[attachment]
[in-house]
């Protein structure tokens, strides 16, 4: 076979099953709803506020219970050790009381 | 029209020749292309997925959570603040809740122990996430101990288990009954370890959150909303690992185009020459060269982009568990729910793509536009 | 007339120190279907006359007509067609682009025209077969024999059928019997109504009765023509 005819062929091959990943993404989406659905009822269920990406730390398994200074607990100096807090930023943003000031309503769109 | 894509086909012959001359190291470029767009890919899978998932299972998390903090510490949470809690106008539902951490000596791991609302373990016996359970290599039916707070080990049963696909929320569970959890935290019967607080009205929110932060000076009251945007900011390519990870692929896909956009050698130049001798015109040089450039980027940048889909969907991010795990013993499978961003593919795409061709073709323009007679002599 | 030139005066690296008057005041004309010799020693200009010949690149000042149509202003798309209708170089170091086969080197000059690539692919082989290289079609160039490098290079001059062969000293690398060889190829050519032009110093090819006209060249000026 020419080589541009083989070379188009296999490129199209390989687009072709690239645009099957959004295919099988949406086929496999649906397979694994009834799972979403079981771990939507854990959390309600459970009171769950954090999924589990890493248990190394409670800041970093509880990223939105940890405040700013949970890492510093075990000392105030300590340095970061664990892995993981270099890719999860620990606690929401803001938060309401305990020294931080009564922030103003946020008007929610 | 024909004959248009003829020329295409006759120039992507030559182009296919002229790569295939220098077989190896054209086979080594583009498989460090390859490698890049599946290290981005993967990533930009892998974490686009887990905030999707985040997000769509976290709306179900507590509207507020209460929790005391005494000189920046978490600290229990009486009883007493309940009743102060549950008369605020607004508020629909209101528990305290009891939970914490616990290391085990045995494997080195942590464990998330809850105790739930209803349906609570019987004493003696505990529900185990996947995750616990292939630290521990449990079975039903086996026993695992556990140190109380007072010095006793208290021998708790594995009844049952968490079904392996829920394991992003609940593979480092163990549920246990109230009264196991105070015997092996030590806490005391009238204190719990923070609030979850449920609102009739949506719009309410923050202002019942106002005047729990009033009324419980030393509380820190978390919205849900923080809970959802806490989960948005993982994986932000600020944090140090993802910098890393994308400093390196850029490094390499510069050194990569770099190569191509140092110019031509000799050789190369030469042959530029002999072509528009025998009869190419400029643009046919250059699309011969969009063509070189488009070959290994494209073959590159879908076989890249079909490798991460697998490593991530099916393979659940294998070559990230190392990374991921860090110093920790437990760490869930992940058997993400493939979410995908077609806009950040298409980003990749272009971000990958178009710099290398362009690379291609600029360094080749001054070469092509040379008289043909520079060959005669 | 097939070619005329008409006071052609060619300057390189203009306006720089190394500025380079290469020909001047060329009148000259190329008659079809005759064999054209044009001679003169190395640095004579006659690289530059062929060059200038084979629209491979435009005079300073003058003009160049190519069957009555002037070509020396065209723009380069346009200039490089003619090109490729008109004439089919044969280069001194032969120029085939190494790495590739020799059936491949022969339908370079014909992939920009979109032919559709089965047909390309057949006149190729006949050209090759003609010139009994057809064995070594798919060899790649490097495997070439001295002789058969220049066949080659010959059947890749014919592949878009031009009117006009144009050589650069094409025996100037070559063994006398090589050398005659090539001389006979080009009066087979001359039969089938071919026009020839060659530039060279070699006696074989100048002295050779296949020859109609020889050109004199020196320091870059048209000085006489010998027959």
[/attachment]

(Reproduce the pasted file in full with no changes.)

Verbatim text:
[in-house]
């Protein structure tokens, strides 16, 4: 076979099953709803506020219970050790009381 | 029209020749292309997925959570603040809740122990996430101990288990009954370890959150909303690992185009020459060269982009568990729910793509536009 | 007339120190279907006359007509067609682009025209077969024999059928019997109504009765023509 005819062929091959990943993404989406659905009822269920990406730390398994200074607990100096807090930023943003000031309503769109 | 894509086909012959001359190291470029767009890919899978998932299972998390903090510490949470809690106008539902951490000596791991609302373990016996359970290599039916707070080990049963696909929320569970959890935290019967607080009205929110932060000076009251945007900011390519990870692929896909956009050698130049001798015109040089450039980027940048889909969907991010795990013993499978961003593919795409061709073709323009007679002599 | 030139005066690296008057005041004309010799020693200009010949690149000042149509202003798309209708170089170091086969080197000059690539692919082989290289079609160039490098290079001059062969000293690398060889190829050519032009110093090819006209060249000026 020419080589541009083989070379188009296999490129199209390989687009072709690239645009099957959004295919099988949406086929496999649906397979694994009834799972979403079981771990939507854990959390309600459970009171769950954090999924589990890493248990190394409670800041970093509880990223939105940890405040700013949970890492510093075990000392105030300590340095970061664990892995993981270099890719999860620990606690929401803001938060309401305990020294931080009564922030103003946020008007929610 | 024909004959248009003829020329295409006759120039992507030559182009296919002229790569295939220098077989190896054209086979080594583009498989460090390859490698890049599946290290981005993967990533930009892998974490686009887990905030999707985040997000769509976290709306179900507590509207507020209460929790005391005494000189920046978490600290229990009486009883007493309940009743102060549950008369605020607004508020629909209101528990305290009891939970914490616990290391085990045995494997080195942590464990998330809850105790739930209803349906609570019987004493003696505990529900185990996947995750616990292939630290521990449990079975039903086996026993695992556990140190109380007072010095006793208290021998708790594995009844049952968490079904392996829920394991992003609940593979480092163990549920246990109230009264196991105070015997092996030590806490005391009238204190719990923070609030979850449920609102009739949506719009309410923050202002019942106002005047729990009033009324419980030393509380820190978390919205849900923080809970959802806490989960948005993982994986932000600020944090140090993802910098890393994308400093390196850029490094390499510069050194990569770099190569191509140092110019031509000799050789190369030469042959530029002999072509528009025998009869190419400029643009046919250059699309011969969009063509070189488009070959290994494209073959590159879908076989890249079909490798991460697998490593991530099916393979659940294998070559990230190392990374991921860090110093920790437990760490869930992940058997993400493939979410995908077609806009950040298409980003990749272009971000990958178009710099290398362009690379291609600029360094080749001054070469092509040379008289043909520079060959005669 | 097939070619005329008409006071052609060619300057390189203009306006720089190394500025380079290469020909001047060329009148000259190329008659079809005759064999054209044009001679003169190395640095004579006659690289530059062929060059200038084979629209491979435009005079300073003058003009160049190519069957009555002037070509020396065209723009380069346009200039490089003619090109490729008109004439089919044969280069001194032969120029085939190494790495590739020799059936491949022969339908370079014909992939920009979109032919559709089965047909390309057949006149190729006949050209090759003609010139009994057809064995070594798919060899790649490097495997070439001295002789058969220049066949080659010959059947890749014919592949878009031009009117006009144009050589650069094409025996100037070559063994006398090589050398005659090539001389006979080009009066087979001359039969089938071919026009020839060659530039060279070699006696074989100048002295050779296949020859109609020889050109004199020196320091870059048209000085006489010998027959």